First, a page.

The local haven for vegans, vegetarians, hippies and health nuts is back in business, although not yet with vegetables.

The Isla Vista Food Cooperative has almost fully recovered from a fire behind the building at 6575 Seville Road that occurred June 7. A cigarette butt carelessly discarded by a Co-op employee caused the fire. The flames that followed not only destroyed the shop’s entire inventory, but left much of its physical interior severely damaged. David Montano, the store’s general manager, said the fire left the shop in need of massive repair due to smoke damage.

“The entire physical inventory was replaced,” he said. “The produce area was completely gutted, and display cases, shelving and a computer with water damage were all replaced.”

New floors and a paint job are also on the list of repairs.

Rob English, a Co-op employee and Santa Barbara City College student, said the store has not yet fully replenished its produce section.

“We are still waiting for the produce cooler to be installed. The health and body section isn’t fully stocked yet either because we don’t have the room for it. We need to wait until the coolers are installed and then stock the section around it,” he said. “I would estimate [the produce coolers] will be installed within the next month or month and a half, but that’s just a guess.”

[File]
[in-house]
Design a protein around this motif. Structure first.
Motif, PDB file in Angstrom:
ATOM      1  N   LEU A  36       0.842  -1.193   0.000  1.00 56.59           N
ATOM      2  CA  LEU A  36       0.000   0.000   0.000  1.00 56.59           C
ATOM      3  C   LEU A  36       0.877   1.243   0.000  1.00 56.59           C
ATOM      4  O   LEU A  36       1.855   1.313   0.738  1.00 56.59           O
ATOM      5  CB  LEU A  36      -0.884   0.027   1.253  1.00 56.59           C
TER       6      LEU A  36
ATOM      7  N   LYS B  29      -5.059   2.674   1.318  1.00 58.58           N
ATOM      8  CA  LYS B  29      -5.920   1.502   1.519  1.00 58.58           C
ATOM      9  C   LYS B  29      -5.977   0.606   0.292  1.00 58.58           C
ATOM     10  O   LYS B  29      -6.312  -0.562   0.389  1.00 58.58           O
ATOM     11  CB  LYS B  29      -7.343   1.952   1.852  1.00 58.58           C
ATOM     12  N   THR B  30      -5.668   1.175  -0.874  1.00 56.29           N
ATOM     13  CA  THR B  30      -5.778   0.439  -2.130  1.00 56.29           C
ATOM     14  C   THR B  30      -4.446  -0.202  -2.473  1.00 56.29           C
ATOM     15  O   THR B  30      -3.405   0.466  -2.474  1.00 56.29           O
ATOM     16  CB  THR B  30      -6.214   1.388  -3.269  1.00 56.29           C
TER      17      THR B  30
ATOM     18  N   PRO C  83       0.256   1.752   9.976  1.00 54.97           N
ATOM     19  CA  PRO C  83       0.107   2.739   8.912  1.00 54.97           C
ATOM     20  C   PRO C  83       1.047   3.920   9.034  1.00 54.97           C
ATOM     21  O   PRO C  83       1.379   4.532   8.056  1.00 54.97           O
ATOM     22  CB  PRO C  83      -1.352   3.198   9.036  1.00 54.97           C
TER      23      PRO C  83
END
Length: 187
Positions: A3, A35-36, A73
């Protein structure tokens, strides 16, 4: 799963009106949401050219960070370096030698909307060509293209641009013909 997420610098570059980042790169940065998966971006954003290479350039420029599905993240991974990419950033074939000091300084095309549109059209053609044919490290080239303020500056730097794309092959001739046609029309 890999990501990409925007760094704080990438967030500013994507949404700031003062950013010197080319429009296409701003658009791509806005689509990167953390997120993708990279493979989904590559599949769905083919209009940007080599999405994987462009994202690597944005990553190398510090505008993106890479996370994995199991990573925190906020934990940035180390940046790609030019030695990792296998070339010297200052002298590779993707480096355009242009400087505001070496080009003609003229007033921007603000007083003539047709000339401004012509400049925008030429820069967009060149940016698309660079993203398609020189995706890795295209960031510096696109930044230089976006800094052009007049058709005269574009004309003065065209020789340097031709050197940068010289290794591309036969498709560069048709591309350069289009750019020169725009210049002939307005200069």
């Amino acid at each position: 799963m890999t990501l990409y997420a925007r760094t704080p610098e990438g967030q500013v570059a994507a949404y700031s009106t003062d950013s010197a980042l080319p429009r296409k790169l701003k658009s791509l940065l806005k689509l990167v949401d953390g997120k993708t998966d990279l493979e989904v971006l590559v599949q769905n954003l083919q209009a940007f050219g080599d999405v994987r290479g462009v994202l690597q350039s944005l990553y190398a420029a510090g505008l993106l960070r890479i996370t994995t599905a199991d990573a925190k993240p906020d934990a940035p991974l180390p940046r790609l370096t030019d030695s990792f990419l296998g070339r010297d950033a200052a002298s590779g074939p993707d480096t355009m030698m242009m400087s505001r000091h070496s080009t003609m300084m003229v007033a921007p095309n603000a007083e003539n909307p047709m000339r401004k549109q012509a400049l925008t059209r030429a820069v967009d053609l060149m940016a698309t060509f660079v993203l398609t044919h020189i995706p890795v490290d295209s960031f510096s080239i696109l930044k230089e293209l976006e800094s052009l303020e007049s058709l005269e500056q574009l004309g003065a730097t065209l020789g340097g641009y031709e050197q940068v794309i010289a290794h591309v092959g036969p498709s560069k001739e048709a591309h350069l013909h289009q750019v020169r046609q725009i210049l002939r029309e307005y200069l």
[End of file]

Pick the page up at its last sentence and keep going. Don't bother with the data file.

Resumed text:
Longtime Co-op customer and junior global studies major Amanda Barker said that she doesn’t think the fire has affected the Co-op’s quality of products and service.

“They still have all the great items they once had,” Barker said. “We’re really glad that it’s reopened because they sell foods you just can’t get at Albertson’s.”

The fire caused an estimated $400,000 worth of damage, which is covered by the shop’s insurance plan. The Co-op is currently looking for ways to prevent a similar accident in the future.

“We took a look at our current policy and added more specific language to our particular building,” Montano said.

The Co-op is making approximately 75 percent of the profits it made last year, which, according to Montano, is still a fairly stable profit margin.